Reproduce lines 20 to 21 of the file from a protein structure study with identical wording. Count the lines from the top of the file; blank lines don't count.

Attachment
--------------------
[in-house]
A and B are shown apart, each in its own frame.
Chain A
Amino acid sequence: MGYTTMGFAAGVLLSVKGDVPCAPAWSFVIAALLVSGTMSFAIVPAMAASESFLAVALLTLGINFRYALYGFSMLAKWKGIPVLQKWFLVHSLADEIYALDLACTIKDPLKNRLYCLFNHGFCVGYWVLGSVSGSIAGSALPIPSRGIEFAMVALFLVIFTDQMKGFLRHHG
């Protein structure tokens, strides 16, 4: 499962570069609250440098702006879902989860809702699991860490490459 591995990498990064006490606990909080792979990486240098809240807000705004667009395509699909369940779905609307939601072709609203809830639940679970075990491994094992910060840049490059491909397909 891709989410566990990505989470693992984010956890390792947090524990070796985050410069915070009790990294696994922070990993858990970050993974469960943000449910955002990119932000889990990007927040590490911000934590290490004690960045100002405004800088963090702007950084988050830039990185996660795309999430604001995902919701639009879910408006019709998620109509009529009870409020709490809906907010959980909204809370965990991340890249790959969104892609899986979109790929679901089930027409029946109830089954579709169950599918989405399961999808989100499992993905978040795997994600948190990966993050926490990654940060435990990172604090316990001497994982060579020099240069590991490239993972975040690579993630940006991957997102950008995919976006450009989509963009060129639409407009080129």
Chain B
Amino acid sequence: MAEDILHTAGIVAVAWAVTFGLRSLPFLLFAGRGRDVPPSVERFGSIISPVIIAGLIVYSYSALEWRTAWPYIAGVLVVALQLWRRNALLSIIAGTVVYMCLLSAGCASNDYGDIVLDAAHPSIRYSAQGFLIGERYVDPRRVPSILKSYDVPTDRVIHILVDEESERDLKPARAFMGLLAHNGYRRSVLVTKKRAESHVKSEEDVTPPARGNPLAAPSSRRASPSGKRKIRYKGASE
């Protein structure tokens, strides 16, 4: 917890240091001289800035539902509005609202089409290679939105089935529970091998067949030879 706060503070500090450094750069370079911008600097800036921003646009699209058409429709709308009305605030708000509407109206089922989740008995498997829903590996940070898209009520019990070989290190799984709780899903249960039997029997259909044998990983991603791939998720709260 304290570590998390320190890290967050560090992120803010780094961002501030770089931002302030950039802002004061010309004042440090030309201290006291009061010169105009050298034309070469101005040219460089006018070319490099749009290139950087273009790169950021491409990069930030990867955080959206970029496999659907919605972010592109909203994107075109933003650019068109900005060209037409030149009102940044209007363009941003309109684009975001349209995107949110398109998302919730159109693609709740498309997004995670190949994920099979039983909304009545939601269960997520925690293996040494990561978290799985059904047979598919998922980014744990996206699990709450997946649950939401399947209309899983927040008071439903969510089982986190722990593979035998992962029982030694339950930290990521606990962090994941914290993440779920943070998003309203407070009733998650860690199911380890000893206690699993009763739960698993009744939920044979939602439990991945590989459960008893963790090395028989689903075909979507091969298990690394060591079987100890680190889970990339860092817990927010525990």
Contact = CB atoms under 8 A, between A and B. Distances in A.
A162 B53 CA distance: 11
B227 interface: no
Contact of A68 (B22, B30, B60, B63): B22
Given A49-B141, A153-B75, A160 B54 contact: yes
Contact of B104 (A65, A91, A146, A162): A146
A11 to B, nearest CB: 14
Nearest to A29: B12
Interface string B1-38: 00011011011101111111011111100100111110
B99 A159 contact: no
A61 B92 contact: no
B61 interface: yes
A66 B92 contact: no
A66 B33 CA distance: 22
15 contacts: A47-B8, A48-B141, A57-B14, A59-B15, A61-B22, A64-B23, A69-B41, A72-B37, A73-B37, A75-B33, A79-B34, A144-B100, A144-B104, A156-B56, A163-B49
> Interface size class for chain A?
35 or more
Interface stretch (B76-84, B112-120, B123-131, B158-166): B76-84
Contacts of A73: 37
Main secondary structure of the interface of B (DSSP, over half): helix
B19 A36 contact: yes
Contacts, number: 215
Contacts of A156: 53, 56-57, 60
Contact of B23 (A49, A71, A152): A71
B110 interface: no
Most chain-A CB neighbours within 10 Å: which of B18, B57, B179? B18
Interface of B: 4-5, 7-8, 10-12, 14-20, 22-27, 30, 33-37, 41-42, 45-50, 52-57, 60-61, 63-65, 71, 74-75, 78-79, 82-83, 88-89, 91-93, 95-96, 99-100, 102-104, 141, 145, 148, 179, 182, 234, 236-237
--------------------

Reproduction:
B61 interface: yes
A66 B92 contact: no